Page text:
Inside were a dozen or so lacemakers, a few still busy at their pillows, most begining to pack up.  Again, my own poor planning.  I should have come here first instead of last.

Each lacemaker was working on a different project.  I was surprised at the number of lacemakers demonstrating, fascinated by the range of levels of skill, design, and patterns.  But unfortunately, unable to communicate with them beyond pleasantries, smiles, and nods.

Would it not be fun to be able to join in the fun?  Why not get in touch with the Kancentrum before your visit, and ask if you could bring a travel pillow, or borrow a pillow on the spot, and make lace with the Belgian lacemakers for an hour or two. 

Most impressive and fascinating was a half-worked Binche lace scene of Bruges, about 4 inches by 6 inches, on a pillow piled high with bobbins.   Scenes of Bruges -- the minnewater, the bell tower -- all worked in Binche lace suddenly seem so appropriate and not at all touristy.

I felt this was a wonderful place that must be  -- should be -- the spiritual home of lacemakers around the world.  Lacemaking after all did have its roots near this very spot. I would have loved to have more of an opportunity to learn more about the center, more about old lace, more about the history. The stones in these buldings are as old as lace itself.  And the place was still alive, with lace both ancient and contemporary being made and taught right this very moment.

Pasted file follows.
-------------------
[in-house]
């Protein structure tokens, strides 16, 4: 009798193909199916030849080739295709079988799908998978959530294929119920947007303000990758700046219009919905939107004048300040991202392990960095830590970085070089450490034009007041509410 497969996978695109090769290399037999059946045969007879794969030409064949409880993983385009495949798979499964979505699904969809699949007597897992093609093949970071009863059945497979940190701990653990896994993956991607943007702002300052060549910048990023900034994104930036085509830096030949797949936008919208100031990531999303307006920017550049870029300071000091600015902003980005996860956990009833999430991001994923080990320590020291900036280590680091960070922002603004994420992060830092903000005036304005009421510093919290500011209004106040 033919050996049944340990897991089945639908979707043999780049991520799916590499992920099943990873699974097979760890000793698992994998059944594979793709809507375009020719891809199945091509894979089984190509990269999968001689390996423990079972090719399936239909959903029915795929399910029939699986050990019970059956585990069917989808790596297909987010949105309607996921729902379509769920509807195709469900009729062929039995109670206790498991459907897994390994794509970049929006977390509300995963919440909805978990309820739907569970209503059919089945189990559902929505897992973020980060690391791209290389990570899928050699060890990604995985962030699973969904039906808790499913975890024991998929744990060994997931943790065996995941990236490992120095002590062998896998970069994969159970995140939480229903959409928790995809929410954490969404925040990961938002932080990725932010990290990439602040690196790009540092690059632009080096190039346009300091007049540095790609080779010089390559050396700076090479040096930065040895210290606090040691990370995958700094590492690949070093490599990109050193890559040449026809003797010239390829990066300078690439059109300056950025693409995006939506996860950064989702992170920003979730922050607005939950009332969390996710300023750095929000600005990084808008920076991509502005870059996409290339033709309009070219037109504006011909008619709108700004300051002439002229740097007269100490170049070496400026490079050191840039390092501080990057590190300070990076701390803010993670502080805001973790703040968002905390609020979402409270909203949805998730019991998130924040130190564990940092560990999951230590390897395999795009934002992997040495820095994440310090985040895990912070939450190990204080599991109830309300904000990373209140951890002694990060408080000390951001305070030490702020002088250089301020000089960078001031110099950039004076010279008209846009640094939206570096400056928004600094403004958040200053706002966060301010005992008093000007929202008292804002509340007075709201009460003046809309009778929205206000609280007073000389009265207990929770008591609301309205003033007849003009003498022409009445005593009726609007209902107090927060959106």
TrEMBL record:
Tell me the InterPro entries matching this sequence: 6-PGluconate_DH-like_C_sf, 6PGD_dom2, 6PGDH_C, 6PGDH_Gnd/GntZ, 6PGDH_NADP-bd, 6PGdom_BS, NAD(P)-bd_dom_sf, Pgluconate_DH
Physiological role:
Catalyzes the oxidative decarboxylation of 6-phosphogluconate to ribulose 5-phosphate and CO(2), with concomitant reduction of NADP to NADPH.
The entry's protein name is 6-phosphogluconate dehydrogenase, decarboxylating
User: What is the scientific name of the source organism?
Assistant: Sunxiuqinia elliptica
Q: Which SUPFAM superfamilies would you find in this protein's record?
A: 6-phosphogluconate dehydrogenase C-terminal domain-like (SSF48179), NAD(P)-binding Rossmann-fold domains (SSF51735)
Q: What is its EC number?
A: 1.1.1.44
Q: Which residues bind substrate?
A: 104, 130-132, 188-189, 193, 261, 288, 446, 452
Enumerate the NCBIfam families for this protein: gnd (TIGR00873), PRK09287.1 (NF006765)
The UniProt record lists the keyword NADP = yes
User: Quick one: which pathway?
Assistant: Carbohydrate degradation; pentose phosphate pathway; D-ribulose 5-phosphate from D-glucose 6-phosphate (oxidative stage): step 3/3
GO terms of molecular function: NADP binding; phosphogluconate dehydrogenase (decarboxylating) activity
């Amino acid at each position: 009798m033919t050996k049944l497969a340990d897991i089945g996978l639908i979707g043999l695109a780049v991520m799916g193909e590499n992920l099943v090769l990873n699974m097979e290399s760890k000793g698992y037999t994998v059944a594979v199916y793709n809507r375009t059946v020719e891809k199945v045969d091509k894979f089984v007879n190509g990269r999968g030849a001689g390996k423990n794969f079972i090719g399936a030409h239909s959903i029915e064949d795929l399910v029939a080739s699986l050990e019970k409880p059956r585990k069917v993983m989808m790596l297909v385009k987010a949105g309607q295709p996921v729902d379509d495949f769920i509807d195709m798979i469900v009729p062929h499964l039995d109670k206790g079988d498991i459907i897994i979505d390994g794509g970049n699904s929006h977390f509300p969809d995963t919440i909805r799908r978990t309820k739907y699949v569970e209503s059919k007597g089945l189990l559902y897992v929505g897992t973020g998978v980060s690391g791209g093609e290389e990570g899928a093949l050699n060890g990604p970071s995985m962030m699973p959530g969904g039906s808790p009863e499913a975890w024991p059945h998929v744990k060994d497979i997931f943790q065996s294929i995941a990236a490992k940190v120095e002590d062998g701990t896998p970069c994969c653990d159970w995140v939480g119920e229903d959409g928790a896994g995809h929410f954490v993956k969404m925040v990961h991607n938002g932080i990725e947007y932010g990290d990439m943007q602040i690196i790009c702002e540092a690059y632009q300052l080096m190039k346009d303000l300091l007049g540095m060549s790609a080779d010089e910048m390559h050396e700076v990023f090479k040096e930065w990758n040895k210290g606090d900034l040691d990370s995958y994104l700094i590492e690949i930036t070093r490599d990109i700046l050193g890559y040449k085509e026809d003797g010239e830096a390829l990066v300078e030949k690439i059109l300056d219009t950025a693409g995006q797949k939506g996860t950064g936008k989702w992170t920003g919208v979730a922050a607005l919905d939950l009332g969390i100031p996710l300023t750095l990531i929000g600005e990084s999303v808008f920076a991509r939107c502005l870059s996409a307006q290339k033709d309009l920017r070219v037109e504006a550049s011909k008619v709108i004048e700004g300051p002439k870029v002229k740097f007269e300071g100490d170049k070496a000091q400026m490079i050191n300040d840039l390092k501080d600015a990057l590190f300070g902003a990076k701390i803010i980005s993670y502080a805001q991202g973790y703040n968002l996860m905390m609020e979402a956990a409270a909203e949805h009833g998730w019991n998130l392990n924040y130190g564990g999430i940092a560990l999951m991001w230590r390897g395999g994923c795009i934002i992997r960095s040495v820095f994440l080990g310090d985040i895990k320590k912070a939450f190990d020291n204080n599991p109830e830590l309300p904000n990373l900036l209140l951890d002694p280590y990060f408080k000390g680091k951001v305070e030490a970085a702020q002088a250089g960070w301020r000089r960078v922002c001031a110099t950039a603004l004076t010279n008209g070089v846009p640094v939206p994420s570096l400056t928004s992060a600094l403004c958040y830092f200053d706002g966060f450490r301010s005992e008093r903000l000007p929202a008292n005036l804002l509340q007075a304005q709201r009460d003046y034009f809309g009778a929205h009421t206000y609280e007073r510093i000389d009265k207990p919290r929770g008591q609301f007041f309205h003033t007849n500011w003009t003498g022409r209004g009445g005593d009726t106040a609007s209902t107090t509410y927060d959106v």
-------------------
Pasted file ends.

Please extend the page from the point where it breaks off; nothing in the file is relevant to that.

Most of all I found a new understanding of the challenges and difficulties of keeping this marvelous art form alive.

The prospect of an OIDFA congress in Bruges in 2018 is exciting. Excellent lacemakers and shopkeepers are working hard to keep their passion alive while still earning a living and supporting their families. Their time is precious and limited. Putting on such an international congress will be a daunting prospect but an amazing opportunity.

Hopefully lacemakers and lace collectors around the world will also rise to the challenge and find ways to help and also to plan to be there in 2018.


Posted October 2013

      219-659-1124    Elizabeth Kurella 2014